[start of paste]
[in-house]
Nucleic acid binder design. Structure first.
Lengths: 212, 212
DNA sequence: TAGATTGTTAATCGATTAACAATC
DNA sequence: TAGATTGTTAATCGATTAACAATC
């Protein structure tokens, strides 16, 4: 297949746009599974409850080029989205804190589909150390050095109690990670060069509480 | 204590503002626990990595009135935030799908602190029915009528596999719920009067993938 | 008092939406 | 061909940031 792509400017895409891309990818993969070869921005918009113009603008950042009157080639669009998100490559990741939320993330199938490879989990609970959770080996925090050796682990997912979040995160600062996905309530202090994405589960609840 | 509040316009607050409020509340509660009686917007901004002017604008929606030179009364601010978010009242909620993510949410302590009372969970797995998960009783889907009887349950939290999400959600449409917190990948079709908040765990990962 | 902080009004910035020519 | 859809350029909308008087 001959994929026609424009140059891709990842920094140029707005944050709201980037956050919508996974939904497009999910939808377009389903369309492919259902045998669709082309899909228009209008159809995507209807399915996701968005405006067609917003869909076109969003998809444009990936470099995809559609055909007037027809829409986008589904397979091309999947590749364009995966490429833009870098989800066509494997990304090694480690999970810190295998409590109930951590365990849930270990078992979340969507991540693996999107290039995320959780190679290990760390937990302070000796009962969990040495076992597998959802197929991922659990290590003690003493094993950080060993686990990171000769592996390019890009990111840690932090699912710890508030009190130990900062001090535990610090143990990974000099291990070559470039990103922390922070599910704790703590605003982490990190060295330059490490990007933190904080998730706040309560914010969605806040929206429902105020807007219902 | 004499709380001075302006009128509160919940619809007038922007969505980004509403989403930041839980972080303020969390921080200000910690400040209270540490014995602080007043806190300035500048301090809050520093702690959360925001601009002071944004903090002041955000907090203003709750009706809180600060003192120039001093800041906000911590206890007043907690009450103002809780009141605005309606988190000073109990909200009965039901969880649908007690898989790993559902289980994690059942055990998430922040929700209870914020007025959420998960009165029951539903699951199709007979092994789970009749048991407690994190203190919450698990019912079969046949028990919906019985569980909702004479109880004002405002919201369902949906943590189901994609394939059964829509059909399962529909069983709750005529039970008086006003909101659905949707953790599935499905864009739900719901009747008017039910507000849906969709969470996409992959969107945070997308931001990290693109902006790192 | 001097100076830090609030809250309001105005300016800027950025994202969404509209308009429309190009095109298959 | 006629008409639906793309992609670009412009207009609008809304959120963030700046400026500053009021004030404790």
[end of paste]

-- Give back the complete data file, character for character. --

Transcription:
[in-house]
Nucleic acid binder design. Structure first.
Lengths: 212, 212
DNA sequence: TAGATTGTTAATCGATTAACAATC
DNA sequence: TAGATTGTTAATCGATTAACAATC
């Protein structure tokens, strides 16, 4: 297949746009599974409850080029989205804190589909150390050095109690990670060069509480 | 204590503002626990990595009135935030799908602190029915009528596999719920009067993938 | 008092939406 | 061909940031 792509400017895409891309990818993969070869921005918009113009603008950042009157080639669009998100490559990741939320993330199938490879989990609970959770080996925090050796682990997912979040995160600062996905309530202090994405589960609840 | 509040316009607050409020509340509660009686917007901004002017604008929606030179009364601010978010009242909620993510949410302590009372969970797995998960009783889907009887349950939290999400959600449409917190990948079709908040765990990962 | 902080009004910035020519 | 859809350029909308008087 001959994929026609424009140059891709990842920094140029707005944050709201980037956050919508996974939904497009999910939808377009389903369309492919259902045998669709082309899909228009209008159809995507209807399915996701968005405006067609917003869909076109969003998809444009990936470099995809559609055909007037027809829409986008589904397979091309999947590749364009995966490429833009870098989800066509494997990304090694480690999970810190295998409590109930951590365990849930270990078992979340969507991540693996999107290039995320959780190679290990760390937990302070000796009962969990040495076992597998959802197929991922659990290590003690003493094993950080060993686990990171000769592996390019890009990111840690932090699912710890508030009190130990900062001090535990610090143990990974000099291990070559470039990103922390922070599910704790703590605003982490990190060295330059490490990007933190904080998730706040309560914010969605806040929206429902105020807007219902 | 004499709380001075302006009128509160919940619809007038922007969505980004509403989403930041839980972080303020969390921080200000910690400040209270540490014995602080007043806190300035500048301090809050520093702690959360925001601009002071944004903090002041955000907090203003709750009706809180600060003192120039001093800041906000911590206890007043907690009450103002809780009141605005309606988190000073109990909200009965039901969880649908007690898989790993559902289980994690059942055990998430922040929700209870914020007025959420998960009165029951539903699951199709007979092994789970009749048991407690994190203190919450698990019912079969046949028990919906019985569980909702004479109880004002405002919201369902949906943590189901994609394939059964829509059909399962529909069983709750005529039970008086006003909101659905949707953790599935499905864009739900719901009747008017039910507000849906969709969470996409992959969107945070997308931001990290693109902006790192 | 001097100076830090609030809250309001105005300016800027950025994202969404509209308009429309190009095109298959 | 006629008409639906793309992609670009412009207009609008809304959120963030700046400026500053009021004030404790």